Change with Confidence provides a detailed toolkit for leaders charged with heading up major change initiatives. Drawing on his own experience, Phil Buckley discusses the various stages that are common to change projects, spelling out essential steps to be taken and pitfalls to be avoided. Understanding team members’ needs, communicating with them effectively, providing the support they need throughout the process, and managing relationships with key “stakeholders” are what will make change initiatives succeed. Buckley provides a useful resource for those tasked with the daunting challenge of implementing significant organizational change.
PART I: FIGURING IT OUT
Change initiatives involve changing how people behave in the workplace. To overcome the inevitable resistance, project leaders must first consider how those coworkers are operating now, what specific changes are needed, and how hard it will be to achieve them.
Significant change projects can be daunting, particularly to the person assigned to lead them. To help keep the inevitable fears at bay, change leaders should begin by considering what assets they have that will prove useful, such as connections with colleagues and demonstrated skills.
Big changes have far-reaching effects on both the people involved and the tools they use. Leaders must consider their organizations’ unwritten behavioral “rules” that could create obstacles. Organizational history provides valuable clues on how the current project may be viewed. If other change attempts have failed, it is essential to understand why. Coworkers and written records can provide useful perspectives. Failure to realistically assess what it will take to achieve success could undermine the project and negatively impact leaders’ careers. Leaders must also consider what other projects are competing for resources and organizational support. Perhaps staff can be shared or schedules adjusted to minimize “traffic jams.”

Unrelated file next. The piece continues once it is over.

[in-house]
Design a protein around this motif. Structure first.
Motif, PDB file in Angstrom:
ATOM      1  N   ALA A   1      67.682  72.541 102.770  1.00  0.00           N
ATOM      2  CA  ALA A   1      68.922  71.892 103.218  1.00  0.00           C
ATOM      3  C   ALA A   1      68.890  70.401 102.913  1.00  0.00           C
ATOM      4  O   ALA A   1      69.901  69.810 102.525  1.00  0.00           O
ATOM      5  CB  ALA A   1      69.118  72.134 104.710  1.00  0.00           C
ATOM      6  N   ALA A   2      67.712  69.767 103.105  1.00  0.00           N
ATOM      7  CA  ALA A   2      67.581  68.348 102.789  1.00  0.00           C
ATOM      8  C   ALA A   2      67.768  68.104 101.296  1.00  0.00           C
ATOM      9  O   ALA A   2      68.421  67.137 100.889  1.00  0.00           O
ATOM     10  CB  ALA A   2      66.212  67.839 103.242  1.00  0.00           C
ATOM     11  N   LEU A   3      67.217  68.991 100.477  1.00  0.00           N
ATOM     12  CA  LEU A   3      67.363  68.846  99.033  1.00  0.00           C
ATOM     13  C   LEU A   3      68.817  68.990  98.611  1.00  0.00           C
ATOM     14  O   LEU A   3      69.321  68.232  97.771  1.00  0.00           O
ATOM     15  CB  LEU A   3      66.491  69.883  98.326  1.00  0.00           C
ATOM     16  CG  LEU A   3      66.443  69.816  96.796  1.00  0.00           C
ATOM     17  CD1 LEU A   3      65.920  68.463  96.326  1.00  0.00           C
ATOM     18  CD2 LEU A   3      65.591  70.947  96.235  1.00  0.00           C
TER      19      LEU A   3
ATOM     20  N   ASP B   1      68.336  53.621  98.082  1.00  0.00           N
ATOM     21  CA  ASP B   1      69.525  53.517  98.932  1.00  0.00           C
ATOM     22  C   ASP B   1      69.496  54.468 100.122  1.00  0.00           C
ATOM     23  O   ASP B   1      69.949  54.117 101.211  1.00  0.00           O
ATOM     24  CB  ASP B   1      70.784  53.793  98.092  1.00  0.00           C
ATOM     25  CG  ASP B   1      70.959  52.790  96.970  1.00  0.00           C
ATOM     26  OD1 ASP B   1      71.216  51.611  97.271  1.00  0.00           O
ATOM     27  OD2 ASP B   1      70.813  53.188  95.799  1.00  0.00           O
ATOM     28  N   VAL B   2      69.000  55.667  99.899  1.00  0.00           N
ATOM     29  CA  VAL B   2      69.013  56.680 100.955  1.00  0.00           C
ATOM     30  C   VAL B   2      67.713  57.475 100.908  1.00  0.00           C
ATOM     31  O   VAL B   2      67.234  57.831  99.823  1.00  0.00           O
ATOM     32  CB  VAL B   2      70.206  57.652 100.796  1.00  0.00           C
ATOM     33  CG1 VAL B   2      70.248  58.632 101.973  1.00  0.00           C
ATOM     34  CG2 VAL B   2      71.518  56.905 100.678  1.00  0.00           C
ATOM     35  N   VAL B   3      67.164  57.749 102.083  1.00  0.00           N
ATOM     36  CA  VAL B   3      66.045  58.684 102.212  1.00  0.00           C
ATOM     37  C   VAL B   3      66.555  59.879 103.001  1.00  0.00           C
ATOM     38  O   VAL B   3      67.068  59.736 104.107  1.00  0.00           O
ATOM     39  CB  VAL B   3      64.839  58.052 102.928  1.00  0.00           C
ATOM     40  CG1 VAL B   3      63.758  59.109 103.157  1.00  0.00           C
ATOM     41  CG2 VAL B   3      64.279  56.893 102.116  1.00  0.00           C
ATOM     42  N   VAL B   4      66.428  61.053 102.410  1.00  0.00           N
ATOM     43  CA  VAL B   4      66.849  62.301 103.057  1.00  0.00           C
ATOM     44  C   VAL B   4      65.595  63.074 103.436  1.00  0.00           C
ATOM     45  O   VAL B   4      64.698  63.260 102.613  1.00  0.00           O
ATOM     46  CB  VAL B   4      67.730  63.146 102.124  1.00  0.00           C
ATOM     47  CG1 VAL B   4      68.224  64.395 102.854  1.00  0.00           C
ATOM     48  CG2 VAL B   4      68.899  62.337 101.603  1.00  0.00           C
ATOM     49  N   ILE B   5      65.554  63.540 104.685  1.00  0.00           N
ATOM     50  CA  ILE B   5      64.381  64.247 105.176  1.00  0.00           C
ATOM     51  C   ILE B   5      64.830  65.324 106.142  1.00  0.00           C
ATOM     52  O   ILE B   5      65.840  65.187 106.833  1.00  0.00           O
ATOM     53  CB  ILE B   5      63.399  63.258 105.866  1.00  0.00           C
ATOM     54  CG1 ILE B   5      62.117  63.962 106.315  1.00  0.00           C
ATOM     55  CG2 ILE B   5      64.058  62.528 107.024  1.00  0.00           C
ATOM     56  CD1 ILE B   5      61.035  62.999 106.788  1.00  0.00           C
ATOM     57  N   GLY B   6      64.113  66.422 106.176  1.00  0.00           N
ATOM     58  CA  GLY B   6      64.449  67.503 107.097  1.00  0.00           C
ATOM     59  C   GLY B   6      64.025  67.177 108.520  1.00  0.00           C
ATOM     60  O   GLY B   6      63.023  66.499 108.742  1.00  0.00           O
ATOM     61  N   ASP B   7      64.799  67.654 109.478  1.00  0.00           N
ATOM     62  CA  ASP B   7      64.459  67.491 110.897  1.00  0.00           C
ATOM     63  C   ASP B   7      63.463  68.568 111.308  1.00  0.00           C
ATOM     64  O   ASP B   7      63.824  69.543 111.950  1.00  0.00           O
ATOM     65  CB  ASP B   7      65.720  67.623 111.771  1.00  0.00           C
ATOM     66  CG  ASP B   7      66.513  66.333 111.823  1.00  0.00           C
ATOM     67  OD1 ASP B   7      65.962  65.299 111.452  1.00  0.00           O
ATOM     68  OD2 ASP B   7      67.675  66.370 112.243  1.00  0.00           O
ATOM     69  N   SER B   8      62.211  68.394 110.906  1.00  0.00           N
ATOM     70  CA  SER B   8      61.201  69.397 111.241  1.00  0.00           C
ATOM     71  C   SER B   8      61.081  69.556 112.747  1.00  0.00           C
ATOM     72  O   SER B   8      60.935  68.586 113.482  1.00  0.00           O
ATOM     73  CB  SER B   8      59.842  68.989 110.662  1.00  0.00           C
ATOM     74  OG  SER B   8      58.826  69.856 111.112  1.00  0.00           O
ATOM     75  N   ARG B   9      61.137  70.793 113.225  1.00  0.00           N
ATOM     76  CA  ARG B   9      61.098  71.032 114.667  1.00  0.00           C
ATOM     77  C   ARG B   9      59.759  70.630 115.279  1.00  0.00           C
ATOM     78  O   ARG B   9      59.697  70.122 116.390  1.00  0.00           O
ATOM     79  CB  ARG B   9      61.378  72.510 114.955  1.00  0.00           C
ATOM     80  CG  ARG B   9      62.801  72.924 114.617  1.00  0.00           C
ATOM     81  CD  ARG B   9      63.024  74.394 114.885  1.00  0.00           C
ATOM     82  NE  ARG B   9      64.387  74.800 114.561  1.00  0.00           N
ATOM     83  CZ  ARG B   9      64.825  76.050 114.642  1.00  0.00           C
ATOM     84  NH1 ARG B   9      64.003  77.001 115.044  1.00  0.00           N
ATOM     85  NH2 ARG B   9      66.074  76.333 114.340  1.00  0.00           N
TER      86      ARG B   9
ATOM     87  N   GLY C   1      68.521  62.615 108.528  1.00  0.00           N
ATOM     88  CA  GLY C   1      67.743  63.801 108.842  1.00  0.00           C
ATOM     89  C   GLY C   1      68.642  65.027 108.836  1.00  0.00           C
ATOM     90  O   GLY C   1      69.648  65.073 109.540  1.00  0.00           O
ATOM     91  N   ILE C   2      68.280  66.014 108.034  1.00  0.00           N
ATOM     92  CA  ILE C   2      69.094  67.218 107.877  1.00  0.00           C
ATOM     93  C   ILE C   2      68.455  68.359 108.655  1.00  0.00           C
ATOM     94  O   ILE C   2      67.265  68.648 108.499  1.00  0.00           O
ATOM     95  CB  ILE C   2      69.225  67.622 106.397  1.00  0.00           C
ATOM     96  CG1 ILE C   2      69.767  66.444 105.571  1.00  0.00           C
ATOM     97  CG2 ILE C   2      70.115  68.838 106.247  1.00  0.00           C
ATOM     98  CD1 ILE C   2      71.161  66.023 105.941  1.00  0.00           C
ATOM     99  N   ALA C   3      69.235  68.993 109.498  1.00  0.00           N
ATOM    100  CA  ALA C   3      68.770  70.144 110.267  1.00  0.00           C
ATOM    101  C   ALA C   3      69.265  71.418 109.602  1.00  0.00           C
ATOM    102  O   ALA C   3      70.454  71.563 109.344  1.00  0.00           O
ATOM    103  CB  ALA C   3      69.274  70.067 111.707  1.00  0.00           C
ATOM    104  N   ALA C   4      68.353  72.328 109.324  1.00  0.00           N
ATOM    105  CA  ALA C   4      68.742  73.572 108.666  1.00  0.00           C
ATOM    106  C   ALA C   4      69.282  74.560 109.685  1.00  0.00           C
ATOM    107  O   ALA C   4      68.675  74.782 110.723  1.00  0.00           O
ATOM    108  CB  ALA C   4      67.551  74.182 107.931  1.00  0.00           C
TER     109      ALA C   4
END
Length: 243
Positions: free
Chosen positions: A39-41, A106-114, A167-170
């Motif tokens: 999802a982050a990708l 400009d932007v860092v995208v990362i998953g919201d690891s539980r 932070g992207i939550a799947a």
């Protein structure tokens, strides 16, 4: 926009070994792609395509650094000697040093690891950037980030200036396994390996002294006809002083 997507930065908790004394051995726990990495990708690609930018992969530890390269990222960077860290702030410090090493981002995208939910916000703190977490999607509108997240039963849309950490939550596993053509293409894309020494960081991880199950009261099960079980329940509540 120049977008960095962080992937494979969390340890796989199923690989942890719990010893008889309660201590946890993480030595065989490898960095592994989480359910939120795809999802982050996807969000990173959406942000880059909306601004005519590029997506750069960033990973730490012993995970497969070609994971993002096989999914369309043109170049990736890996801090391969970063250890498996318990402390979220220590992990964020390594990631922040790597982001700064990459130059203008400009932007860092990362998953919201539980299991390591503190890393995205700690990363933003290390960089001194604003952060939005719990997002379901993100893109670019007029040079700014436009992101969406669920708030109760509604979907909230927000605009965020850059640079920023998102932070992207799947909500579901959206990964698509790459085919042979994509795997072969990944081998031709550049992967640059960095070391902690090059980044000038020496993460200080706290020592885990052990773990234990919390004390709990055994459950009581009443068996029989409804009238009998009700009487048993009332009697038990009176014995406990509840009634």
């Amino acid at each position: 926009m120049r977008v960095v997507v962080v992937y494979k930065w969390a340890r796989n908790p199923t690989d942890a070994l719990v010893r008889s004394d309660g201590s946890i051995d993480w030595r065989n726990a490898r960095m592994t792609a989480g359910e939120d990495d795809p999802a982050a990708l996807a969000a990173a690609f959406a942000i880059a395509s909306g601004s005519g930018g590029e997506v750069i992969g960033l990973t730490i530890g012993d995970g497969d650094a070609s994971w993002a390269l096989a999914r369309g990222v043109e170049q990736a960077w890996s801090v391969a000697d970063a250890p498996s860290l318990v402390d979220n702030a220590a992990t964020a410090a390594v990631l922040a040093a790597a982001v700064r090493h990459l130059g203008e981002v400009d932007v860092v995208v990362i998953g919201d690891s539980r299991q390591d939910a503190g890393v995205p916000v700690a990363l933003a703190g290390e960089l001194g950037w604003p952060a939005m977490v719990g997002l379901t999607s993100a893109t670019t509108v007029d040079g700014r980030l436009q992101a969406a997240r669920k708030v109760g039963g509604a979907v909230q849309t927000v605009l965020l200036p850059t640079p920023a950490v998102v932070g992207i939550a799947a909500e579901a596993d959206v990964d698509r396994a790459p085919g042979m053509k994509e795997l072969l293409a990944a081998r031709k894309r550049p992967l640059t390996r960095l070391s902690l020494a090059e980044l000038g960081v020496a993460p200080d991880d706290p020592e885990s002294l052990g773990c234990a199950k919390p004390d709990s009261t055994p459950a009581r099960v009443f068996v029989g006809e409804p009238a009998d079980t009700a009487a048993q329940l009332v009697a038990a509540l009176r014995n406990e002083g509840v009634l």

The project head must identify key people who can advance or impede the undertaking and understand those individuals’ personal agendas.
In addition to upper management, the team leader must also win over the employees who will be most affected by the change. Companies often launch too many simultaneous efforts and fail to see them through; this creates negative expectations. Strong communication helps combat this tendency. All affected parties should be consulted and included from the start, and inaccurate perceptions must be corrected promptly.
Failure to understand existing conditions before agreeing to performance targets can be disastrous. Big changes are stressful for both the project team and coworkers who must assume additional responsibilities. Top management’s degree of commitment, the project’s fit with overall organizational goals, and the change team’s experience level must be considered. It is essential to specify how progress will be gauged at the outset. The project head should recommend metrics aligned with the company’s overall goals and avoid measurements that can be skewed by outside forces.
Every business has its own “myths” that must be taken into account. Projects based on assumptions rather than facts will probably fail. Leaders must look past those organizational beliefs to consider what the change is supposed to accomplish and whether there are other, simpler options.
Management often expands change assignments without allocating additional time or resources. This is known as “scope creep,” since the scope of the project has increased from its original position. Once project leaders agree to the increase in scope, they will be held to those more demanding standards.